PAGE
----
SACE | Southern Alliance for Clean Energy
Plug In Hybrid Electric Vehicles
In his January 2011 State of the Union Address, President Obama announced his goal to have 1 million electric plug-in vehicles (EVs) on American roads by 2015. That same month, electric vehicles took high prizes at Detroit’s Auto Show, including ‘Car of the Year’ (Chevy Volt). Time is clearly ripe. The technology exists to meet this goal, and SACE believes that mass deployment of EVs in the U.S. may become a reality sooner than later.
We support the transition to an EV system for Americans – EVs can reduce our reliance on foreign oil, improve our economy by keeping American dollars from being spent overseas, reduce emissions, and improve health. Furthermore, they can provide a boon to the renewable energy sector while simultaneously improving energy efficiency on the grid.
EVs themselves are zero-emissions vehicles, meaning that driving an EV does not produce any of the dangerous byproducts of gas and diesel vehicles. Furthermore, many providers are already planning for solar-powered and solar-assisted charging stations. By using the sun to power car batteries, drivers can reduce their transportation-related emissions even more! In fact, Nissan is already in the process of building 30 solar-assisted charging stations right here in the Southeast at their plant in Franklin, Tenn. Nissan now manufactures the Leaf, their new 100% electric vehicle that made its U.S. debut in December 2010, at this same facility.
The economic implications of EV deployment are therefore especially significant to the Southeast. Nissan Americas Chairman Carlos Tavares has gone so far as to call Tennessee “Nissan’s home in the Americas region.”
And the renewable energy benefits of EVs are not limited to solar, either. Studies are underway in Europe and the United States to consider the potential of smart technology to make cars automatically charge when there is excess wind-generated power available on the grid, and to develop direct current transmission lines to bring wind power to regions lacking strong wings with less transmission loss. According to Texas-based Clean Line Energy Group , direct current transmission lines “create thousands of temporary and permanent jobs, reduce pollution, save water relative to traditional electric generation, and, in a future with electric vehicles, will help improve our national security and diversify America’s energy supply.”
Mass deployment of EVs also offers a boon to electric utilities, since consumers will increasingly displace their dependency on petroleum by relying more heavily on grid-tied electricity. As the market grows and more and more EVs are on the market, this scenario will translate into a boon for the burgeoning energy efficiency industry as well, since utilities will seek ways to encourage drivers to charge their vehicles during off-peak hours.
According to MIT’s Dr. Tammy Thompson, lead author of a landmark study on the subject: ”As more of the fleet switches over to [EVs and] PHEVs [plug-in hybrid electric vehicles] and a larger demand is placed on the electricity grid, it will become more important that we design and implement policy that will encourage charging behaviors that are positive for both air quality and grid reliability.”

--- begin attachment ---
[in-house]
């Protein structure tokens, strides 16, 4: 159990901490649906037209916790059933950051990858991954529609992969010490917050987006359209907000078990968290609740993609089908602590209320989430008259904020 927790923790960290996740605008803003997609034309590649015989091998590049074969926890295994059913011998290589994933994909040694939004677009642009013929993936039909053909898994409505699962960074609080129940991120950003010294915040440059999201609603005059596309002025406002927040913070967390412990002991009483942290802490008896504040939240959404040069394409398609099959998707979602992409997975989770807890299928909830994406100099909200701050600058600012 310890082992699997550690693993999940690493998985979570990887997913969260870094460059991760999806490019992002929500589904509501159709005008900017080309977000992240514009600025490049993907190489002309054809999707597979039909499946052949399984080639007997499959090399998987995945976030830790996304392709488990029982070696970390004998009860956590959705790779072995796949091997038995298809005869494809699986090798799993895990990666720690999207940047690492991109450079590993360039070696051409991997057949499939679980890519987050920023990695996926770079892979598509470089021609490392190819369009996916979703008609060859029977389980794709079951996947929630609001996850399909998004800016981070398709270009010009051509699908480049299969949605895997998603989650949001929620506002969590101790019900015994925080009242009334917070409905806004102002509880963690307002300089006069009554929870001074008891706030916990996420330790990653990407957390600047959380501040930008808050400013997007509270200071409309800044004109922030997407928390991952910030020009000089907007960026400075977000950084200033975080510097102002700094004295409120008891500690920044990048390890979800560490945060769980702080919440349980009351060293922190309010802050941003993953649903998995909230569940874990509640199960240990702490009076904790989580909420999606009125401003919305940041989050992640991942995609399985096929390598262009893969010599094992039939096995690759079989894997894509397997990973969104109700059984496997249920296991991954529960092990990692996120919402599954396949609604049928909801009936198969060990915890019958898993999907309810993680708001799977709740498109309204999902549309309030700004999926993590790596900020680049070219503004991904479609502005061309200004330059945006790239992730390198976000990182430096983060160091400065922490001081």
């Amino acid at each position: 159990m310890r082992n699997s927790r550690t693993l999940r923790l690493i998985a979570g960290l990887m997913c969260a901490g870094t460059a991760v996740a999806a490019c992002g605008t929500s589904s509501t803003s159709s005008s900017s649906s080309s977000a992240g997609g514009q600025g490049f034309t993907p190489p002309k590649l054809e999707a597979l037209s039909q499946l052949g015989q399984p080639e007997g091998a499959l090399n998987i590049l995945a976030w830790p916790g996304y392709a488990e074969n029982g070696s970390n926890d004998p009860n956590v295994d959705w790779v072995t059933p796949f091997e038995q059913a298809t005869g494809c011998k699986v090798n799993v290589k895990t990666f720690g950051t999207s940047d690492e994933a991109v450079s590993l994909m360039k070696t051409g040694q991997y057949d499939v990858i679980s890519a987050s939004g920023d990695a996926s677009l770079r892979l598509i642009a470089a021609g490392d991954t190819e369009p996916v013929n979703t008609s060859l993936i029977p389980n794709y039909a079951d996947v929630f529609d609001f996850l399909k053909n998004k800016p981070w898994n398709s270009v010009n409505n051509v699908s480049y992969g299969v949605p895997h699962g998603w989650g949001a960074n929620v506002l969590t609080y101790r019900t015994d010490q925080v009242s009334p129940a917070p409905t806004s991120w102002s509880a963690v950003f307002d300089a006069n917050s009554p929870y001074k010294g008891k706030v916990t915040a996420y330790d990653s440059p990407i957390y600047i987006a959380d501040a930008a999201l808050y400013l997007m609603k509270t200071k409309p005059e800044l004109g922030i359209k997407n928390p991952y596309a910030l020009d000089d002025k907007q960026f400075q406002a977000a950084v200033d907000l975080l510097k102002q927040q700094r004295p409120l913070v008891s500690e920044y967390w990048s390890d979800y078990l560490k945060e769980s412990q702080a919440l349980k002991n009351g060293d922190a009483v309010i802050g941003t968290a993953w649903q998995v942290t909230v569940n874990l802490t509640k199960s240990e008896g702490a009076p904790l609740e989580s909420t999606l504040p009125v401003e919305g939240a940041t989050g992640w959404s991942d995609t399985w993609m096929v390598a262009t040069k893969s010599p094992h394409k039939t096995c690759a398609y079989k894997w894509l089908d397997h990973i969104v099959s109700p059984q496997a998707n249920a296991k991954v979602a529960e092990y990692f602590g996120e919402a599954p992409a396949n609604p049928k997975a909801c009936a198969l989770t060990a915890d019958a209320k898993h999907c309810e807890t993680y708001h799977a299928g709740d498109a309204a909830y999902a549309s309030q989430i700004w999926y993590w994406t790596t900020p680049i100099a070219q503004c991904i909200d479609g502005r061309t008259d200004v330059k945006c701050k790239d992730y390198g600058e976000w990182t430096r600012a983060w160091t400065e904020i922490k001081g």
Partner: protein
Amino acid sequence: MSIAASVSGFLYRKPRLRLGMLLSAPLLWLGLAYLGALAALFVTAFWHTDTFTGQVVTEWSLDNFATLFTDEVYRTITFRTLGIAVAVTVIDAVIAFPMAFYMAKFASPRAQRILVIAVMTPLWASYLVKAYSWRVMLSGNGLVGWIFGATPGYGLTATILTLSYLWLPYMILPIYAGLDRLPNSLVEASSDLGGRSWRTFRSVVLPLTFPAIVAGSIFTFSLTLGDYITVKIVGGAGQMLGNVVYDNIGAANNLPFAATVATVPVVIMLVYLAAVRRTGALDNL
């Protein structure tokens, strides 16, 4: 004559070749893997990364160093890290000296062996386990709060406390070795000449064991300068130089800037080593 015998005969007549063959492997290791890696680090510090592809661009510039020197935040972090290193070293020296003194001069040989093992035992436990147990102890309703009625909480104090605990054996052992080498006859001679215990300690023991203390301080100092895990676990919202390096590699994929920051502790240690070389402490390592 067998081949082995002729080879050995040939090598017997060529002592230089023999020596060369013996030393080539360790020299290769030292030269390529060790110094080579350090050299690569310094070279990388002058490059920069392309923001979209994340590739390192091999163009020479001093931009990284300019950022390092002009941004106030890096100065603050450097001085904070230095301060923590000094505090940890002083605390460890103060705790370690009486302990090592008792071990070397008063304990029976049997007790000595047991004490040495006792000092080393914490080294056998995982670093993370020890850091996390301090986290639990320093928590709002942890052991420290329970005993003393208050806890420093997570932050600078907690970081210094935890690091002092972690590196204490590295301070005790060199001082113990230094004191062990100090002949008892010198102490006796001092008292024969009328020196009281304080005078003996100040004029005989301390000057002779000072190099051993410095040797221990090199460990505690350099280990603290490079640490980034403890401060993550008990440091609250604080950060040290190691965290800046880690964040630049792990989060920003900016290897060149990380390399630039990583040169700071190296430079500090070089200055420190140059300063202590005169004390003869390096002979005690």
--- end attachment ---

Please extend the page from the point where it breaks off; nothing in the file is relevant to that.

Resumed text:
Sounds like a win-win situation (unless you are in the petroleum business). However, as always, there are significant variables and factors that must be addressed before we can successfully deploy EVs at a large scale in the Southeast and throughout the nation.
???Barriers to EV Deployment
In order to achieve President Obama’s lofty goal, several important factors must be addressed – and quickly if the desired timeframe is to be met. PHEVs, which are more similar to conventional gas or diesel vehicles and can use the same infrastructure, took eight years to reach the 1 million-car mark. EVs, however, require specific charging stations that must be newly constructed specifically for this purpose. Furthermore, because the majority of current plug-in EVs (including the Leaf) cannot travel over 100 miles without charging, widespread adoption of EVs will require an intricate new infrastructure system consisting of new charging stations. The price tags are also somewhat inhibiting: at $32,780 and $41,000, respectively, the Leaf and the Volt cost considerably more similarly sized conventional cars.
Some policy solutions are already in the works to address these problems, such as federal tax credits of up to $7,500. To further promote the deployment of EVs, President Obama proposes changing this credit into a rebate that can be redeemed right at the dealership. The President is also seeking increased federal research and development support and additional financial incentives to help build infrastructure in certain cities, which will in turn encourage consumers to consider EVs more fully in those cities.
U.S. Senators Jeff Merkley (D-OR) and Tennessee’s own Lamar Alexander (R-TN) have introduced the “Promoting Electric Vehicles Act.” S.948 proposes to create ‘deployment communities’ throughout the country that would serve as catalysts to advance EVs. According to Sen. Merkley’s website, S.948 also seeks to “create a competitive grant process for companies to electrify their fleets and make it easier for the federal government to acquire more electric vehicles.” Markey goes on to explain that if S.948 becomes law, the selected communities will “serve as models and help determine best practices for the nationwide use of electric vehicles.”
Read SACE’s recent blog posting for more details about the program and ways you can participate – be sure to read the interesting conversation happening in the comment section as well.